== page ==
Due to the device geometry scaling and newly introduced process options, latchup (LU) safe designs have become an increasingly challenging task of high-voltage (HV) or I/O circuit blocks in advanced bulk CMOS technologies. They are essential for system-on-chips found in mobile and wearable products. The bulk CMOS technologies have evolved over several process generations to provide cheaper products, smaller area, lower standby leakage, but more operating performance of computation speed and power . The dimension of a transistor and the spacing between different transistors are constantly shrinking in every new technology node. However, the reducing spacing between p-type and n-type transistors can significantly increase the risk of LU. Even more, next to sub-20nm, 3D fin structures have been used for maintaining the scaling down of the technology nodes. Not only the shrinking spacing but also the new introduced process options, such as STI depth and S/D epitaxy, can bring significant impacts on LU immunity in advanced CMOS technologies [2-5].
On top of the geometry scaling, the system-technology-co-optimization (STCO) has been proposed as a promising candidate for 5nm technology node and beyond [6-8]. More and more (sub-)system functions will be integrated in one chip with a special 3D vertically stacked or 2.5D interposer architecture. A system-level electrical reliability tests and electromagnetic compatibility or electromagnetic interference (EMC/EMI) become necessary to evaluate in the early stage of the technology/design/system development timeline. Transient induced latchup (TLU) [9, 10] in system-level and component-level electrical verifications will be a crucial reliability concern in STCO applications. Transient noise on power/ground buses of CMOS ICs has been reported as a risky trigger source to a latchup event . It can easily trigger on the LU event, even though TLU-sensitive CMOS ICs have already been verified by the quasi-static latchup test standard . Moreover, several prior works have shown the TLU events can be easily triggered by the system-level reliability electrical tests, such as the system-level ESD gun test, electrical fast transient test for EMC , and so on.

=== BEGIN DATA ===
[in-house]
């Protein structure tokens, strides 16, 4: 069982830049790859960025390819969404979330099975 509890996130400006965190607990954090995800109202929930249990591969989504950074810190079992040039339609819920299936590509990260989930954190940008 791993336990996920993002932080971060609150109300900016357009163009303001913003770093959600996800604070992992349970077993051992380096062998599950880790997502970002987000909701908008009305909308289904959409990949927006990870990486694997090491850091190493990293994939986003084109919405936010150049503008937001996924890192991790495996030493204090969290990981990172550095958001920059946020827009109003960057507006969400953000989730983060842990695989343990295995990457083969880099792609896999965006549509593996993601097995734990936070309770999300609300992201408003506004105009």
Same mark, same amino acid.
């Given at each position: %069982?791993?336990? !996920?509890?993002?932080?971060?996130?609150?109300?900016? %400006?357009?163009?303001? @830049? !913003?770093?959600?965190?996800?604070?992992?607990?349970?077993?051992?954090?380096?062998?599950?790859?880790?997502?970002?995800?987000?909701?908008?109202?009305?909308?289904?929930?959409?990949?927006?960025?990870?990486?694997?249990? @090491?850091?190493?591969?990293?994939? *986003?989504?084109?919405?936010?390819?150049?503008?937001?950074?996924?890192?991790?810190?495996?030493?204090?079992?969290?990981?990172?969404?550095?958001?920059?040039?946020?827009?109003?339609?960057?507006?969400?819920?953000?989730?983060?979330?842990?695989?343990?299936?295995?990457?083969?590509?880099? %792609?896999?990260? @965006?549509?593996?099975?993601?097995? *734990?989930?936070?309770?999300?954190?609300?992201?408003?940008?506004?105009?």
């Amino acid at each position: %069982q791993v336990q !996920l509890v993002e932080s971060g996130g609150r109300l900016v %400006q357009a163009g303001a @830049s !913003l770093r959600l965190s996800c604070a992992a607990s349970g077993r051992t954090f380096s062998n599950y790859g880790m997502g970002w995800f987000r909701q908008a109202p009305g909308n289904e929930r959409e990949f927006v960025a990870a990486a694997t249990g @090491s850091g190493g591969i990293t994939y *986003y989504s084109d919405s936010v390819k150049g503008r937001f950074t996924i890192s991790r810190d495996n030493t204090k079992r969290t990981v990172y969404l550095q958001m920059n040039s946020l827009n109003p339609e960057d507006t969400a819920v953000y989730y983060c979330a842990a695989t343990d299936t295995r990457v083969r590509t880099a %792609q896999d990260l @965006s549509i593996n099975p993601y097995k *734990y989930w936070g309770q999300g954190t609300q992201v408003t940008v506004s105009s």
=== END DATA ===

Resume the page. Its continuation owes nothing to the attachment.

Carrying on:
In this PhD program, the first task will focus on component-level LU and TLU immunity impacted by the process/layout/device/material options in advanced CMOS technology nodes. Based on an in-depth understanding of LU/TLU physical mechanism in these advanced technologies, the TLU exploration in the system-level reliability tests will be addressed in future STCO applications.
The candidate will join a well-rounded research team focused on developing the next generation of ESD and I/O solutions, within imec's renowned device reliability group.
Ref:  K. Domanski, IEEE IRPS, 2018.  C.-T. Dai, et al., IEEE IRPS. 2016.  C.-H. Huang, et al., EOS/ESD Symp., 2017.  C.-H. Huang, et al., EOS/ESD Symp., 2018.  J. Karp, et al., IEEE NSREC, 2017.  imec PTW materials,  J. Sun, IEDM invited talk, 2017.  R.-H. Kim, et al., SPIE, 2018.  M.-D. Ker, et al., IEDM, 2004.  M.-D. Ker and S.-F. Hsu, Transient-Induced Latchup in CMOS integrated Circuits, 2010.  JEDEC LU Standard.  IEC 61000-4 Standard.
Type of work: 10% literature, 25% technology study, 40% experimental work, 25% TCAD/System simulations
Required background: Master degree in Electrical Engineering (solid-sate or analog IC design field), Physics, or Material Science. Preferred: Si/Compound Semiconductor Device Physics, VLSI Process/Manufacturing/Integration, TCAD Process/Device Simulations, Layout/SPICE/EMC Design Environment.
Supervisor: Guido Groeseneken
Daily advisors: Shih-Hung Chen & Geert Hellings
The reference code for this position is 1812-91. Mention this reference code on your application form.